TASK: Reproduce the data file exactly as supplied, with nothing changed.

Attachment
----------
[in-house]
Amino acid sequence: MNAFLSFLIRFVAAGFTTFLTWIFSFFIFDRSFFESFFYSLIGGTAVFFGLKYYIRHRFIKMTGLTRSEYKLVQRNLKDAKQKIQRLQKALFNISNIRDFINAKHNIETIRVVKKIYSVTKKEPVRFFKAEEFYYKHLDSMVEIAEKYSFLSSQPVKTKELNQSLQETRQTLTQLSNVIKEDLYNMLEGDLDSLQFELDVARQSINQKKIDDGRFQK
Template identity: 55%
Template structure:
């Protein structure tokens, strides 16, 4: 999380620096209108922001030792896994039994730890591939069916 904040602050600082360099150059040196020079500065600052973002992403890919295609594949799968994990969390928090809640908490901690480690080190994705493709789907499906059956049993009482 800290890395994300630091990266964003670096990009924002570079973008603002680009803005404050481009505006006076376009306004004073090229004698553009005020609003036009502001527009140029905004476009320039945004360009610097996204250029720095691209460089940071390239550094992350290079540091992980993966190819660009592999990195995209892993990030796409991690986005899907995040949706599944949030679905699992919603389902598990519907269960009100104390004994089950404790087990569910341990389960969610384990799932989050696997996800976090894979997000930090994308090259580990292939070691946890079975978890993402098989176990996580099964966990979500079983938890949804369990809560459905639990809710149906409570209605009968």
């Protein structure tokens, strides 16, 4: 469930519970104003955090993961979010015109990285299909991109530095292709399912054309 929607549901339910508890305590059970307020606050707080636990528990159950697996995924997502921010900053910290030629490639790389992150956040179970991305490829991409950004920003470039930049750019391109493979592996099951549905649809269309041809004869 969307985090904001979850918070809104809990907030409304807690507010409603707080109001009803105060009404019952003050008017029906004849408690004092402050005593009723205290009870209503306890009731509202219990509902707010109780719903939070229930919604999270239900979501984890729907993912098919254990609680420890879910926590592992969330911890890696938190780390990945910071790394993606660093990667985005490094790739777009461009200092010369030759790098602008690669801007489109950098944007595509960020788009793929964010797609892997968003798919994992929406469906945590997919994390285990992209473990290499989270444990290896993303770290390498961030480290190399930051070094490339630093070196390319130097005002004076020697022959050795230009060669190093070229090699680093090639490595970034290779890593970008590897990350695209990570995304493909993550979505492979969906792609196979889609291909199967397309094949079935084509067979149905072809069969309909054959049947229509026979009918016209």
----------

[in-house]
Amino acid sequence: MNAFLSFLIRFVAAGFTTFLTWIFSFFIFDRSFFESFFYSLIGGTAVFFGLKYYIRHRFIKMTGLTRSEYKLVQRNLKDAKQKIQRLQKALFNISNIRDFINAKHNIETIRVVKKIYSVTKKEPVRFFKAEEFYYKHLDSMVEIAEKYSFLSSQPVKTKELNQSLQETRQTLTQLSNVIKEDLYNMLEGDLDSLQFELDVARQSINQKKIDDGRFQK
Template identity: 55%
Template structure:
């Protein structure tokens, strides 16, 4: 999380620096209108922001030792896994039994730890591939069916 904040602050600082360099150059040196020079500065600052973002992403890919295609594949799968994990969390928090809640908490901690480690080190994705493709789907499906059956049993009482 800290890395994300630091990266964003670096990009924002570079973008603002680009803005404050481009505006006076376009306004004073090229004698553009005020609003036009502001527009140029905004476009320039945004360009610097996204250029720095691209460089940071390239550094992350290079540091992980993966190819660009592999990195995209892993990030796409991690986005899907995040949706599944949030679905699992919603389902598990519907269960009100104390004994089950404790087990569910341990389960969610384990799932989050696997996800976090894979997000930090994308090259580990292939070691946890079975978890993402098989176990996580099964966990979500079983938890949804369990809560459905639990809710149906409570209605009968």
């Protein structure tokens, strides 16, 4: 469930519970104003955090993961979010015109990285299909991109530095292709399912054309 929607549901339910508890305590059970307020606050707080636990528990159950697996995924997502921010900053910290030629490639790389992150956040179970991305490829991409950004920003470039930049750019391109493979592996099951549905649809269309041809004869 969307985090904001979850918070809104809990907030409304807690507010409603707080109001009803105060009404019952003050008017029906004849408690004092402050005593009723205290009870209503306890009731509202219990509902707010109780719903939070229930919604999270239900979501984890729907993912098919254990609680420890879910926590592992969330911890890696938190780390990945910071790394993606660093990667985005490094790739777009461009200092010369030759790098602008690669801007489109950098944007595509960020788009793929964010797609892997968003798919994992929406469906945590997919994390285990992209473990290499989270444990290896993303770290390498961030480290190399930051070094490339630093070196390319130097005002004076020697022959050795230009060669190093070229090699680093090639490595970034290779890593970008590897990350695209990570995304493909993550979505492979969906792609196979889609291909199967397309094949079935084509067979149905072809069969309909054959049947229509026979009918016209």